[In fact, all the Mahavidyas, whatever might be their origins and individual dispositions, are associated with the Shiva cult. As a rule, they are depicted as dominating over Shiva, the male.]
4.5. Sodashi as Mahavidya is also referred to as Tripura Sundari the most beauteous in all the three worlds. She along with Kali and Tara is reckoned as Adi (primordial) Mahavidya. She is associated with sixteen phases of the moon or sixteen modifications of desire. Sodashi as Tripura Sundari, Lalita and Rajarajeshwari are the important goddess in the Sri Vidya tradition. But, as Mahavidya her belligerent aspect as Tripura Bhairavi is stressed.
4.6. Though better known as the goddess of the Mahavidya group, Bhuvaneshwari is related to Prithvi (the Mother Earth) of the Rig Veda (RV: 1.168.33). In the Puranas she is associated especially with Varaha Avatar of Vishnu. Broadly, Bhuvaneshwari, whose extension is the world, represents substantial forces of the material world.
The other Mahavidyas: Chinnamasta, Bagalamukhi, Dhumavati and Matangi are rarely mentioned except as Mahavidyas. These along with Bhiravi are primarily tantric deities of funeral pyres and grave yards.
4.7. The Mahavidya texts emphasize that though some of the Mahavidyas might bear names resembling other goddesses, they are not the same. Mahavidyas are exclusive powers of distinct Tantric character, are of severely independent nature (not viewed as spouses) and they should be worshipped only in the manner prescribed by the Tantric texts.
5.1. Attempts were made to bring Mahavidyas into the main stream of Shaktha legends through the Devi Mahatmya. The third Canto of the Devi Mahatmya mentions that Mahadevi, the united force of all the gods, in her battle against the demons Shumbha and Nishumbha created multiple groups of female warriors displaying various facets of her ferocious nature. Among the groups mentioned, the Saptha Matrikas and the Nava Durgas are prominent. Devi Mahatmya also refers to a group of goddesses having resemblance with Mahavidyas, though the text does not name them as such.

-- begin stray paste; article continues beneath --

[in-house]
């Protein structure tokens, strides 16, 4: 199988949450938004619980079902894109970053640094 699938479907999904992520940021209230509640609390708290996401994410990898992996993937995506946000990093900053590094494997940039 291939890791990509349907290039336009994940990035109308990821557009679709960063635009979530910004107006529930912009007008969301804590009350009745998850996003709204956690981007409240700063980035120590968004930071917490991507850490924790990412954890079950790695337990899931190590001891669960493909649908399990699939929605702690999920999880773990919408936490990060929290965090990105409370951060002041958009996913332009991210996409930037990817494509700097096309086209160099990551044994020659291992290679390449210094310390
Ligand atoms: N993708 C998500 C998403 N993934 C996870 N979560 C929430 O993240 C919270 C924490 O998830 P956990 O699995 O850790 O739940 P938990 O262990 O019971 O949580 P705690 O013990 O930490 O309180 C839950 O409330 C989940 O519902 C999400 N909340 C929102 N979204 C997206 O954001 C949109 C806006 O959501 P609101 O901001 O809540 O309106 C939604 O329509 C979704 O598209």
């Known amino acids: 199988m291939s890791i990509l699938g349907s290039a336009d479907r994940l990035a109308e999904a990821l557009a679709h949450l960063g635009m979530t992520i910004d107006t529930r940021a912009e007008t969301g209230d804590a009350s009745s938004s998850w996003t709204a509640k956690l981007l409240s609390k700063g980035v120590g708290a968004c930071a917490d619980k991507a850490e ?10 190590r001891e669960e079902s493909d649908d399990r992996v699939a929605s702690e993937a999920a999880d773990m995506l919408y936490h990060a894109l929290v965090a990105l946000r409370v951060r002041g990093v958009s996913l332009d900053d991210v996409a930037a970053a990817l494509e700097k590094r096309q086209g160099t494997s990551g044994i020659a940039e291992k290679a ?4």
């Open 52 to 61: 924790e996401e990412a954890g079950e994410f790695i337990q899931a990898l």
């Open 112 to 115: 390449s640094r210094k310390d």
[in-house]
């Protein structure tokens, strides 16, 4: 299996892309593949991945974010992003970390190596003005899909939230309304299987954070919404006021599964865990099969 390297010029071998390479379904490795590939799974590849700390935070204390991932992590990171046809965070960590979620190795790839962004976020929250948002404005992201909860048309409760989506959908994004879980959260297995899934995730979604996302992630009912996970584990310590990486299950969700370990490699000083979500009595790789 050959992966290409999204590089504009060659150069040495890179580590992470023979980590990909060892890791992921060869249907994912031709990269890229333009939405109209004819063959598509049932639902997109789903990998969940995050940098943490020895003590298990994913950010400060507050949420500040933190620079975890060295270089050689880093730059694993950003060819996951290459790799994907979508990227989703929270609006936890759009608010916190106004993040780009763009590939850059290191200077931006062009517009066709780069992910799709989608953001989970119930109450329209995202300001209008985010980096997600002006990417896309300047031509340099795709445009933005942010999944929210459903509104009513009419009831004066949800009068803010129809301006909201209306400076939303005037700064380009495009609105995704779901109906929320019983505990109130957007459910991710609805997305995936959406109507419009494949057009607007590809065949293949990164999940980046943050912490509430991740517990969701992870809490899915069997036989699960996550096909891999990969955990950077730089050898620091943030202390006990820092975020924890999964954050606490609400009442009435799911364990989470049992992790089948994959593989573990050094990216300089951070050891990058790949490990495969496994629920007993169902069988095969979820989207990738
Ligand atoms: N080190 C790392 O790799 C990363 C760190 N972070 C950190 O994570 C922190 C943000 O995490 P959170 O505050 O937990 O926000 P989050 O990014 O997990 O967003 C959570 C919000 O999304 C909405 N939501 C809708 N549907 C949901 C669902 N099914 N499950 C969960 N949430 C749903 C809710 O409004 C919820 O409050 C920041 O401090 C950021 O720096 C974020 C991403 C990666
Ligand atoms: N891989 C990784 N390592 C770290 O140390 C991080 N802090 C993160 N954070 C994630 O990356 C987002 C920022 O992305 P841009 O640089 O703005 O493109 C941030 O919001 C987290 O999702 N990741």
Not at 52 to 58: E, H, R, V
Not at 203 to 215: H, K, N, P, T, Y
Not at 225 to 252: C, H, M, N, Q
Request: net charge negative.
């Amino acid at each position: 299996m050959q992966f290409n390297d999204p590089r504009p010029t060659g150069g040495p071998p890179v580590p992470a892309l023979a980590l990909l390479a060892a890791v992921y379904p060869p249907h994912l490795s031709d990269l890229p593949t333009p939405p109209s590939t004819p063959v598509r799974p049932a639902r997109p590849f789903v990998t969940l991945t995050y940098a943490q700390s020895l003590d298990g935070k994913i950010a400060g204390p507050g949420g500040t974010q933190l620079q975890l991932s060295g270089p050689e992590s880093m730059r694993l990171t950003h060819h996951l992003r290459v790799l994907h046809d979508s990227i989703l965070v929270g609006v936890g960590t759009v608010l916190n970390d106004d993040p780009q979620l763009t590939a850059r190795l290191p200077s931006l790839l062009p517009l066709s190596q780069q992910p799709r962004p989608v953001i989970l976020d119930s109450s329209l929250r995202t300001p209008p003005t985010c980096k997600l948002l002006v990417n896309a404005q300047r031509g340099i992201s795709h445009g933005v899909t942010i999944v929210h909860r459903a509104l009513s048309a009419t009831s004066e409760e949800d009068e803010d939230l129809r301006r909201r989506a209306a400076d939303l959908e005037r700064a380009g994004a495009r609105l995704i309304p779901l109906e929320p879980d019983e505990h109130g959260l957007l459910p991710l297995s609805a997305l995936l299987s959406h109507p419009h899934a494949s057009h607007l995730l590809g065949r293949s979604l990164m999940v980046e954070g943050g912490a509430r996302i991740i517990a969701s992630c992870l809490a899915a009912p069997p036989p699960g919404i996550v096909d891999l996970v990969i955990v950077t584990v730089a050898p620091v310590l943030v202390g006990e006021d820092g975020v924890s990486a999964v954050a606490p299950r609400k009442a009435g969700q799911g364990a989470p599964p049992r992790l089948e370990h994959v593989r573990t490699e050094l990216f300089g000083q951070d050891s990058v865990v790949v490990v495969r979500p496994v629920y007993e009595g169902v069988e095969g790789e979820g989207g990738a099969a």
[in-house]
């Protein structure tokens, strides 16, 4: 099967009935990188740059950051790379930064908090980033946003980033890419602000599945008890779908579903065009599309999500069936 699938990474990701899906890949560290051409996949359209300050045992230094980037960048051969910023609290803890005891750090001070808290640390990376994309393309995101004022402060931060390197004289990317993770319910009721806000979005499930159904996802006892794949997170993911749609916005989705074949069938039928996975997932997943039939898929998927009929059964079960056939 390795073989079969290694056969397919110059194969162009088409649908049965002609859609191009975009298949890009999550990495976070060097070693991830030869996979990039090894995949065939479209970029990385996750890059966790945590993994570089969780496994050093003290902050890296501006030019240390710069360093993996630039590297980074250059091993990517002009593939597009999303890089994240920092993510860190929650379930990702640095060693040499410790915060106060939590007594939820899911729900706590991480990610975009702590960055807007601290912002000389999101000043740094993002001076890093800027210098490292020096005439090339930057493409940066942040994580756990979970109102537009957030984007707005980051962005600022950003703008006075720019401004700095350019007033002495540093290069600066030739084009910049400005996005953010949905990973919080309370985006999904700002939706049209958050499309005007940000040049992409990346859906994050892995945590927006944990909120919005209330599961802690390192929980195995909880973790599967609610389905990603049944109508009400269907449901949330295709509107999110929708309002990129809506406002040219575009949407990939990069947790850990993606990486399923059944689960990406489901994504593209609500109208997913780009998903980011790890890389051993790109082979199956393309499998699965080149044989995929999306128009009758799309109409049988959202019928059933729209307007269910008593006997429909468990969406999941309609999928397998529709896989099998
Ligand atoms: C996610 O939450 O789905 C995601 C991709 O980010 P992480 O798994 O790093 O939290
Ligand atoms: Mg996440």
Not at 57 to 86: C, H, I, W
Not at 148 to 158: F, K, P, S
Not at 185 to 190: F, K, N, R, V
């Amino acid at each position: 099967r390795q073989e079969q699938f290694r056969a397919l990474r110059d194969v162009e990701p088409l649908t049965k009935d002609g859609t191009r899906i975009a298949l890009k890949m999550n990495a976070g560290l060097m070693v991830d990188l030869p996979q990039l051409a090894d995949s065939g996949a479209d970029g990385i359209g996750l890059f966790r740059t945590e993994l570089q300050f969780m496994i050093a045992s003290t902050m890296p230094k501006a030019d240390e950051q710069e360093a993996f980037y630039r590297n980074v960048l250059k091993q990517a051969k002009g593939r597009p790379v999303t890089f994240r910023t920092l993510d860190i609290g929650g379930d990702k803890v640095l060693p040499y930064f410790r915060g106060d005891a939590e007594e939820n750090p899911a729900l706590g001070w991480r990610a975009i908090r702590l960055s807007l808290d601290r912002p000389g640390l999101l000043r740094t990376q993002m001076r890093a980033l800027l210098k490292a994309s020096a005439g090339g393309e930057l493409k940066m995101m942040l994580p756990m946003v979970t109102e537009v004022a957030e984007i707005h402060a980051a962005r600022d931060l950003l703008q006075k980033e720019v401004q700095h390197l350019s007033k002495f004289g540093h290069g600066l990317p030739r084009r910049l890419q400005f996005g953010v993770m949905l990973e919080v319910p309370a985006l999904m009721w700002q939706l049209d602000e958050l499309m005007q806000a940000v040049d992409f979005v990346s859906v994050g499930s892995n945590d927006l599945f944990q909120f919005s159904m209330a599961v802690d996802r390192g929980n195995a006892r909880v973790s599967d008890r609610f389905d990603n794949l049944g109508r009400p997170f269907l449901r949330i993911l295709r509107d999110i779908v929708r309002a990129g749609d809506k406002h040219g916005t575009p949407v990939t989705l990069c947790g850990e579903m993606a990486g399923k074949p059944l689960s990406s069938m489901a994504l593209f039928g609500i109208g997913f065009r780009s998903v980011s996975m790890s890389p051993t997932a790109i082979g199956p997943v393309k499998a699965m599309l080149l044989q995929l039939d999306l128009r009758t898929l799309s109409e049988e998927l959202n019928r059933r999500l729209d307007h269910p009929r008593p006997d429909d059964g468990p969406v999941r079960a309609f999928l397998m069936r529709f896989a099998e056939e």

[But, in the Sahasranama –stotra (garland of thousand names) of the Mahavidyas as given in Sakta-pramoda the names of the Saptha Matrikas and the Mahavidyas have got terribly mixed up.]
There was also a suggestion, elsewhere, that the Mahavidyas emanated from the Nava Durgas.
5.2. The Devi Bhagavata and other Devi related puranas, in general, elaborate on the glory and splendour of Mahadevi the Great Goddess as the upholder of the cosmic order and the destroyer of the demons. But, the Mahavidya tradition is concerned, in particular, with the nature of the many diverse forms of Devi that pervade all aspects of reality.
Appearance and Attributes
6.1. Kali is Adi-Mahavidya, the primary Mahavidya. She is the first and the foremost among the Mahavidyas. She is not only the first but the most important of the Mahavidyas. It is said, the Mahavidya tradition is centered on Kali and her attributes. Kali is the epitome of the Mahavidyas. The rest of the Mahavidyas emanate from Kali and share her virtues and powers in varying shades.
6.2. The Mahavidyas, as a group, form a most wonderful assimilation of contrasting elements and principles in nature. They all are intensely feminine, asserting the supremacy of the female. One could say they are the ‘anti-model’ of traditional docile housewife. They totally reject every authority and any type of dominance. They aggressively put down and overpower male ego and its arrogance. Their agitation often transforms into dreadful wrath. And that truly underlines the nature of the Mahavidyas.
6.3. Though the Mahavidyas are female they are not depicted as a wife. In the hymns devoted to some Mahavidyas their male spouses are mentioned. But, that minor detail is never stressed, as that is a weak and an insignificant aspect of their individuality. Mahavidyas are also not associated with Motherhood or fertility.